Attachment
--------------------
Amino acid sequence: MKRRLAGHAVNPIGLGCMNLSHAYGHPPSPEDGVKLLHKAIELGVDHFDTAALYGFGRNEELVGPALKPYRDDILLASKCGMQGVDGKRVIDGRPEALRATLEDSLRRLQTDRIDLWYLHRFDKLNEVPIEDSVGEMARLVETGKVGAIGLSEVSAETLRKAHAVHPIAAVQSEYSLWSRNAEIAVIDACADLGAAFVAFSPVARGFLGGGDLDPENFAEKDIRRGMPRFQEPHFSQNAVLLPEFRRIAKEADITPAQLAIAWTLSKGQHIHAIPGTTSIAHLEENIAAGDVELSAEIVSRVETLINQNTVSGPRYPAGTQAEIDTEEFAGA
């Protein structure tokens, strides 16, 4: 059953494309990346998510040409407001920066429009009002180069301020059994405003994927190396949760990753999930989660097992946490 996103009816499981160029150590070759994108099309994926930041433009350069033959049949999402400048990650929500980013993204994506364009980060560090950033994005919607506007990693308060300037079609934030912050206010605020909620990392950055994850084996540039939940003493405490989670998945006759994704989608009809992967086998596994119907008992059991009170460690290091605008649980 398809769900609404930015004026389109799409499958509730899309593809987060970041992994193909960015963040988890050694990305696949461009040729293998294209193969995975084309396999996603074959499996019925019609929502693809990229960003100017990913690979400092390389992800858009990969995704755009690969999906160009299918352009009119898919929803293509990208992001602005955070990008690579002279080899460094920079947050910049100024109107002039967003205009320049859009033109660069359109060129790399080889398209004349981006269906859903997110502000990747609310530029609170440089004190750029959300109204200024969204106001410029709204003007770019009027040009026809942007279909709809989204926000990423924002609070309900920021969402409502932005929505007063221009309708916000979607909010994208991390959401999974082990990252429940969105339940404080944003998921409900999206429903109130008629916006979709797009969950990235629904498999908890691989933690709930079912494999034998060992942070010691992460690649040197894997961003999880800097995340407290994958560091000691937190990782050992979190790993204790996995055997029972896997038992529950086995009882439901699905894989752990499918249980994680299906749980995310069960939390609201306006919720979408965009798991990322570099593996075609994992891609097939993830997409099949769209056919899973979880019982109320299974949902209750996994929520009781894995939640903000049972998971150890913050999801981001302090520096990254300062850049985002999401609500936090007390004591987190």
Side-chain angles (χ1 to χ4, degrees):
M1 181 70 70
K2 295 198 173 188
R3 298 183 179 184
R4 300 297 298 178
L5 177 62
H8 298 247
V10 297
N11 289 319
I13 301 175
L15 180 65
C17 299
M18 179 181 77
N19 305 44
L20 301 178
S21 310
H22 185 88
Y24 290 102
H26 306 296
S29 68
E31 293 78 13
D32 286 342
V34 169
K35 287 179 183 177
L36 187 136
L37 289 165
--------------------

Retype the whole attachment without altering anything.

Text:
Amino acid sequence: MKRRLAGHAVNPIGLGCMNLSHAYGHPPSPEDGVKLLHKAIELGVDHFDTAALYGFGRNEELVGPALKPYRDDILLASKCGMQGVDGKRVIDGRPEALRATLEDSLRRLQTDRIDLWYLHRFDKLNEVPIEDSVGEMARLVETGKVGAIGLSEVSAETLRKAHAVHPIAAVQSEYSLWSRNAEIAVIDACADLGAAFVAFSPVARGFLGGGDLDPENFAEKDIRRGMPRFQEPHFSQNAVLLPEFRRIAKEADITPAQLAIAWTLSKGQHIHAIPGTTSIAHLEENIAAGDVELSAEIVSRVETLINQNTVSGPRYPAGTQAEIDTEEFAGA
């Protein structure tokens, strides 16, 4: 059953494309990346998510040409407001920066429009009002180069301020059994405003994927190396949760990753999930989660097992946490 996103009816499981160029150590070759994108099309994926930041433009350069033959049949999402400048990650929500980013993204994506364009980060560090950033994005919607506007990693308060300037079609934030912050206010605020909620990392950055994850084996540039939940003493405490989670998945006759994704989608009809992967086998596994119907008992059991009170460690290091605008649980 398809769900609404930015004026389109799409499958509730899309593809987060970041992994193909960015963040988890050694990305696949461009040729293998294209193969995975084309396999996603074959499996019925019609929502693809990229960003100017990913690979400092390389992800858009990969995704755009690969999906160009299918352009009119898919929803293509990208992001602005955070990008690579002279080899460094920079947050910049100024109107002039967003205009320049859009033109660069359109060129790399080889398209004349981006269906859903997110502000990747609310530029609170440089004190750029959300109204200024969204106001410029709204003007770019009027040009026809942007279909709809989204926000990423924002609070309900920021969402409502932005929505007063221009309708916000979607909010994208991390959401999974082990990252429940969105339940404080944003998921409900999206429903109130008629916006979709797009969950990235629904498999908890691989933690709930079912494999034998060992942070010691992460690649040197894997961003999880800097995340407290994958560091000691937190990782050992979190790993204790996995055997029972896997038992529950086995009882439901699905894989752990499918249980994680299906749980995310069960939390609201306006919720979408965009798991990322570099593996075609994992891609097939993830997409099949769209056919899973979880019982109320299974949902209750996994929520009781894995939640903000049972998971150890913050999801981001302090520096990254300062850049985002999401609500936090007390004591987190």
Side-chain angles (χ1 to χ4, degrees):
M1 181 70 70
K2 295 198 173 188
R3 298 183 179 184
R4 300 297 298 178
L5 177 62
H8 298 247
V10 297
N11 289 319
I13 301 175
L15 180 65
C17 299
M18 179 181 77
N19 305 44
L20 301 178
S21 310
H22 185 88
Y24 290 102
H26 306 296
S29 68
E31 293 78 13
D32 286 342
V34 169
K35 287 179 183 177
L36 187 136
L37 289 165